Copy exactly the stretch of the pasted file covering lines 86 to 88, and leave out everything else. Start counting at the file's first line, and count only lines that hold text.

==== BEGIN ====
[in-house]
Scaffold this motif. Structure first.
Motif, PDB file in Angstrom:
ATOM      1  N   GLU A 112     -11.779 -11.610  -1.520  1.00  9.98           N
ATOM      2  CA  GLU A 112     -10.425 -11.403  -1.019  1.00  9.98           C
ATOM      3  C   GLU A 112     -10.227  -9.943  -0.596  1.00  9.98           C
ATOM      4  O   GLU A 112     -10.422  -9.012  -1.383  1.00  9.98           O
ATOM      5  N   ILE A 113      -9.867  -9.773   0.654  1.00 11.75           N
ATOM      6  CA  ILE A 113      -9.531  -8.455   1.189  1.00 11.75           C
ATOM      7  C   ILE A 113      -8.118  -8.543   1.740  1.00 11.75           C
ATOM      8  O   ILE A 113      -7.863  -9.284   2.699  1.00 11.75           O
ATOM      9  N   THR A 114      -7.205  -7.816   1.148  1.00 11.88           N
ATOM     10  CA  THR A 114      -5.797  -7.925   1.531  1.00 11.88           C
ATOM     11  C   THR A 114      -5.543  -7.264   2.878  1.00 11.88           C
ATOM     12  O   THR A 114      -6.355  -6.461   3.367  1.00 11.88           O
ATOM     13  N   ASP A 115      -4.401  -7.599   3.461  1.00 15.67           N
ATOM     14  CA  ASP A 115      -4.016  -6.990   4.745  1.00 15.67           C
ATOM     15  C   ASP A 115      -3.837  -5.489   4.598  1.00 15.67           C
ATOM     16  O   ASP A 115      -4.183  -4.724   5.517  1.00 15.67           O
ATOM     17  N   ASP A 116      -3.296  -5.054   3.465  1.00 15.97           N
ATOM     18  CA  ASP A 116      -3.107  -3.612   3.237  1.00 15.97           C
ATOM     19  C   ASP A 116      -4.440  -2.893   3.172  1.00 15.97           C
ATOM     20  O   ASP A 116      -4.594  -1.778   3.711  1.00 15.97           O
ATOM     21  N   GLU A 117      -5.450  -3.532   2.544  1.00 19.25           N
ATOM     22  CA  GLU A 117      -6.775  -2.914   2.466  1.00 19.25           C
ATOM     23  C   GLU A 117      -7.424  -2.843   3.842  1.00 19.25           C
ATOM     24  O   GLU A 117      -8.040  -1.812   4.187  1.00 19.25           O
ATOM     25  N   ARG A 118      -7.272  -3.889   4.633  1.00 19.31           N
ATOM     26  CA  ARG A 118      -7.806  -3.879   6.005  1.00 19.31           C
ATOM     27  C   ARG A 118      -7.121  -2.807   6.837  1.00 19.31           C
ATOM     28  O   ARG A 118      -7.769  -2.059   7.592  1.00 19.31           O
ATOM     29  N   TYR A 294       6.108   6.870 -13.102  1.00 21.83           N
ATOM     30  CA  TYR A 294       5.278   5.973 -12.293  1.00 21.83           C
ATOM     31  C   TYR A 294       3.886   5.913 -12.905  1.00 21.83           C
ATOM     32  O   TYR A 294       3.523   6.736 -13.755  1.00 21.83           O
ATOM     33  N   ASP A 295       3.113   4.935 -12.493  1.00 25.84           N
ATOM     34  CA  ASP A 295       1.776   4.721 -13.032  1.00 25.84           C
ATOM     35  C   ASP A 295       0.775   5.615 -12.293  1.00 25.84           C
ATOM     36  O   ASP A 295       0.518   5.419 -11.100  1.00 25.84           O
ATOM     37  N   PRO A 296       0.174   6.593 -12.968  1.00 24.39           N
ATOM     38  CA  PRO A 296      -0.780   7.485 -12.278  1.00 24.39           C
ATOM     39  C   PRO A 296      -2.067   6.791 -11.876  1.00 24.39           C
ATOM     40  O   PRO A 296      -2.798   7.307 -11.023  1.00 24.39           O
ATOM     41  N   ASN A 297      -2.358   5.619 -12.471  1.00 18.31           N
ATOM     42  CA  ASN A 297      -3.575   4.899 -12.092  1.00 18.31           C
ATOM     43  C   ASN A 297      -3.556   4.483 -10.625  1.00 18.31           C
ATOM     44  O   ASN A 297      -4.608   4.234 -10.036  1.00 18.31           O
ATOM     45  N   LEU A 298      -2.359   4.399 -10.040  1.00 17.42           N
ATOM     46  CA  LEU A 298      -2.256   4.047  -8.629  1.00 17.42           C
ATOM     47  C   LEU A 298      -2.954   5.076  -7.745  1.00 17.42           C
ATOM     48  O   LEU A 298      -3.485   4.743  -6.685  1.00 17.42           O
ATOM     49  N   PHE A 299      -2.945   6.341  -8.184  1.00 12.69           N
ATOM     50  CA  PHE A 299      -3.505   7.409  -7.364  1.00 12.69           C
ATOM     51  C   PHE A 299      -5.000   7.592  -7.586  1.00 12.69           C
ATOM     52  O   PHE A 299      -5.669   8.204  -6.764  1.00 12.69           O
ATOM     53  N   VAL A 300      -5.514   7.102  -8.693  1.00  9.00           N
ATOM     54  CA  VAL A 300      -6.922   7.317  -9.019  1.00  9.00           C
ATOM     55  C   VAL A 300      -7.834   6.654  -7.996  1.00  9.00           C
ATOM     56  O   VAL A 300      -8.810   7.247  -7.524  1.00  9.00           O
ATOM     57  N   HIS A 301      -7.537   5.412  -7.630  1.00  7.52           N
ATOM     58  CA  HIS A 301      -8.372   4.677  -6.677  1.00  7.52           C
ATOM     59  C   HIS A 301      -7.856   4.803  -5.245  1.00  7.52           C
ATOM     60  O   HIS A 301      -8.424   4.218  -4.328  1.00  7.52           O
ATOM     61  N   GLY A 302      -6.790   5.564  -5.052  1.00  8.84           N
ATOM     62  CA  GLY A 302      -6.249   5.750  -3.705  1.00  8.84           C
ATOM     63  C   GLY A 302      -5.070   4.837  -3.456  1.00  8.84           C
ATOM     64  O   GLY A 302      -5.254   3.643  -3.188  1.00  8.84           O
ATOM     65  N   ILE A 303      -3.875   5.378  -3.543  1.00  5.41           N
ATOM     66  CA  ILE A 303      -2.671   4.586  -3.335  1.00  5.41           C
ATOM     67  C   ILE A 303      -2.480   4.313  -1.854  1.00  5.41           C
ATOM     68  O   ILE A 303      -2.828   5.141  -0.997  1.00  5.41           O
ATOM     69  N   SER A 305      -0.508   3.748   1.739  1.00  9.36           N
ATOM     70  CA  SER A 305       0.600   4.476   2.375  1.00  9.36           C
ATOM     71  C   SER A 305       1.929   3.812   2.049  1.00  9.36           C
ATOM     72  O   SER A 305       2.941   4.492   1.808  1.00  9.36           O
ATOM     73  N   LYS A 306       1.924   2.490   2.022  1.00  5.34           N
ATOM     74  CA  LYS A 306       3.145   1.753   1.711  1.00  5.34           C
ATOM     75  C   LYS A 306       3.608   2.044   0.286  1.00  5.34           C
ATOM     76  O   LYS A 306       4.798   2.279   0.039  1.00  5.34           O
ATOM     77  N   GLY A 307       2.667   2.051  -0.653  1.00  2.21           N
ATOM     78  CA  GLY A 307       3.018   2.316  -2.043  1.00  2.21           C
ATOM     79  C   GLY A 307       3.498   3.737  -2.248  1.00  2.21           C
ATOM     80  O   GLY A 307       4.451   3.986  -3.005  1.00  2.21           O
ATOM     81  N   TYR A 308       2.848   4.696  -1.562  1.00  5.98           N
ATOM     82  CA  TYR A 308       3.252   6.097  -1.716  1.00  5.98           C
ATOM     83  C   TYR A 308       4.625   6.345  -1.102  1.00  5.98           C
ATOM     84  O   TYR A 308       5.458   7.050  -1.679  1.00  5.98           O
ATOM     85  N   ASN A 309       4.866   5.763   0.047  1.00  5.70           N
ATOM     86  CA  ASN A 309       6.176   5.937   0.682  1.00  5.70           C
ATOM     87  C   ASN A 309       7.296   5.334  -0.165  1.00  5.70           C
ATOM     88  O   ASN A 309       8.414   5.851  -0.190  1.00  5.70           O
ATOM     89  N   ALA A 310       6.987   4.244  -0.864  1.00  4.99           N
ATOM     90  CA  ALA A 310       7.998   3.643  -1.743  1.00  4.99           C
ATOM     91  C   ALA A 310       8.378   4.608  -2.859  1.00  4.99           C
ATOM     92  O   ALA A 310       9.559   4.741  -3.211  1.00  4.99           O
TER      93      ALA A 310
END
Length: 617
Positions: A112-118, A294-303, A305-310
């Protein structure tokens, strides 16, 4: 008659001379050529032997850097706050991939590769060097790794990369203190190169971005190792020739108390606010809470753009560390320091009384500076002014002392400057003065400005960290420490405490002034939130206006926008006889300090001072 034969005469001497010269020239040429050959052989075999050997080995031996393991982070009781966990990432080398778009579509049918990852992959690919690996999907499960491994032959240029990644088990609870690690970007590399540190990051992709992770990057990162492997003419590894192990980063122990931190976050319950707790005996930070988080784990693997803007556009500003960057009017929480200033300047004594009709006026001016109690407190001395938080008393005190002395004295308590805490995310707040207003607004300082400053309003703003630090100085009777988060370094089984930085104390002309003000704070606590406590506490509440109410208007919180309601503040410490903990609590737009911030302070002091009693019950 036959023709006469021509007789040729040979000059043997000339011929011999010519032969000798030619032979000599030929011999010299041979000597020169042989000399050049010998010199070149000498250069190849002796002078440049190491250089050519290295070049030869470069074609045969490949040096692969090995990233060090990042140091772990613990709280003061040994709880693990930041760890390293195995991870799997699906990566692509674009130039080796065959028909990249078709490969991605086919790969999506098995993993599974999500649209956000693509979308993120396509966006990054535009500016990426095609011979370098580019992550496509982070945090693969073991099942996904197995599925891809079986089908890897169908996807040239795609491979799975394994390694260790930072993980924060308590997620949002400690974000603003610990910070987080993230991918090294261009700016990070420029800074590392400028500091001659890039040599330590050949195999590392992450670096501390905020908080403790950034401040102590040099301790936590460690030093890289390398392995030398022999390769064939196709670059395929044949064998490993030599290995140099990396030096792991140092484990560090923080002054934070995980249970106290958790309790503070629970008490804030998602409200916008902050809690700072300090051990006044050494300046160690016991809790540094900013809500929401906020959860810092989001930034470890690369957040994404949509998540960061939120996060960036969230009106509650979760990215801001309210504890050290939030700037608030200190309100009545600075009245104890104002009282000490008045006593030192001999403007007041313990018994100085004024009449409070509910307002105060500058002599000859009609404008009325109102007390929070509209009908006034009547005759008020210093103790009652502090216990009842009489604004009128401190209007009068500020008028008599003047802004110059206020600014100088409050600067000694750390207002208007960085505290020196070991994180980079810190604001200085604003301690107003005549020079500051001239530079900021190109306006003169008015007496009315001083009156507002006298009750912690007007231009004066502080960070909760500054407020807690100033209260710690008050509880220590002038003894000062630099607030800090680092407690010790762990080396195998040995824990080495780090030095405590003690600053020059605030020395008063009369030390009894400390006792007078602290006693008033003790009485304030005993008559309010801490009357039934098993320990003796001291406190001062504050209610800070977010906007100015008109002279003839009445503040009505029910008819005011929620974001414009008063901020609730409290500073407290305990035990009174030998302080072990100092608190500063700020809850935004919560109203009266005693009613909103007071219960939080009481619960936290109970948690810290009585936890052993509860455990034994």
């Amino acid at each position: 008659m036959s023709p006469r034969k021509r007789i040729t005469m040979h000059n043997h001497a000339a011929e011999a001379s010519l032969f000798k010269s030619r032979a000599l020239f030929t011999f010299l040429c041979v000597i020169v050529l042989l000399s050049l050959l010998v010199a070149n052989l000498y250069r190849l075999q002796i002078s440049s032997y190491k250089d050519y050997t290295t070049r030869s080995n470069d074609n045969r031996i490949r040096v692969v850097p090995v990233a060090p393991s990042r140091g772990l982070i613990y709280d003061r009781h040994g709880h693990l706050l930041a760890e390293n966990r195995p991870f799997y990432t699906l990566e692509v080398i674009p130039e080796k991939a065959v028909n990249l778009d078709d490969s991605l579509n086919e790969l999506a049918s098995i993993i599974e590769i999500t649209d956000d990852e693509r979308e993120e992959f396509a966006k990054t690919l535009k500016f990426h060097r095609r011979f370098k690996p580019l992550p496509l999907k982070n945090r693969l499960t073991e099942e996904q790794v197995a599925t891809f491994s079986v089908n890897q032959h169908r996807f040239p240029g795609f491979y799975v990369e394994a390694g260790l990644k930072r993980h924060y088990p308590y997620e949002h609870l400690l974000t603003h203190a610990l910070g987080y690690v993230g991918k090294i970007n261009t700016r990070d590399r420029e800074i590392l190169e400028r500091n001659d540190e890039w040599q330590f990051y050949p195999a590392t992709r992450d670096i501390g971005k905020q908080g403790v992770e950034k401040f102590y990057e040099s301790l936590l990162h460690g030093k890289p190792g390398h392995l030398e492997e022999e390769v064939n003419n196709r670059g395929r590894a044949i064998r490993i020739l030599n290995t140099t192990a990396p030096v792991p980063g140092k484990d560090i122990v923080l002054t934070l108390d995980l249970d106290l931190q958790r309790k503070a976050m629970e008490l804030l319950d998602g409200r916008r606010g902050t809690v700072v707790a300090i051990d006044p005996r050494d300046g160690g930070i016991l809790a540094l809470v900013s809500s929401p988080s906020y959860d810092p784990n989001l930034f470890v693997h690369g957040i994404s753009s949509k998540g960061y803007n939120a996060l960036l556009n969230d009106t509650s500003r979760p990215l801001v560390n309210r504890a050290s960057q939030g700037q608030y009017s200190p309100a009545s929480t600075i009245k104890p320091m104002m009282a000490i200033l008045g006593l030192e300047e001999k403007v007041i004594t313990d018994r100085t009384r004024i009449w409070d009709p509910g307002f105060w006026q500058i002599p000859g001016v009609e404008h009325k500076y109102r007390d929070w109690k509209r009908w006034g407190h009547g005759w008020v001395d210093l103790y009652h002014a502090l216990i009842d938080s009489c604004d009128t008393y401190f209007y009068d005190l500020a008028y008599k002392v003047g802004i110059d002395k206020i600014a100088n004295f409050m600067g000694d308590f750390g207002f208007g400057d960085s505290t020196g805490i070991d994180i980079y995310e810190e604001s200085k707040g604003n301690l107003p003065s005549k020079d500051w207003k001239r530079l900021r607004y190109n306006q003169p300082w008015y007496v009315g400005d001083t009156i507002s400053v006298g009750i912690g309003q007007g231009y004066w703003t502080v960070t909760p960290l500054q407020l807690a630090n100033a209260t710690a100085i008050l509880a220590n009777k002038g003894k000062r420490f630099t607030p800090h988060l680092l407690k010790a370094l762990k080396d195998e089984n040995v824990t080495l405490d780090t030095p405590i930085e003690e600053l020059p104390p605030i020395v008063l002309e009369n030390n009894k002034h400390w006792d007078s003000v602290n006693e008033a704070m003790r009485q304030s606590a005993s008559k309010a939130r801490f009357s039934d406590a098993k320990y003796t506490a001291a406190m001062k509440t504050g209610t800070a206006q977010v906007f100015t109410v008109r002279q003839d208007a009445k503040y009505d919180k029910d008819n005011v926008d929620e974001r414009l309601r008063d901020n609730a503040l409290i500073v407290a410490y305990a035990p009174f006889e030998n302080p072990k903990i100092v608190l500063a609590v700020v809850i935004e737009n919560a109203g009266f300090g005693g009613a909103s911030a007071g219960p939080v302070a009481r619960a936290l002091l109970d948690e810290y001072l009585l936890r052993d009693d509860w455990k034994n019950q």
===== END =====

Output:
ATOM     83  C   TYR A 308       4.625   6.345  -1.102  1.00  5.98           C
ATOM     84  O   TYR A 308       5.458   7.050  -1.679  1.00  5.98           O
ATOM     85  N   ASN A 309       4.866   5.763   0.047  1.00  5.70           N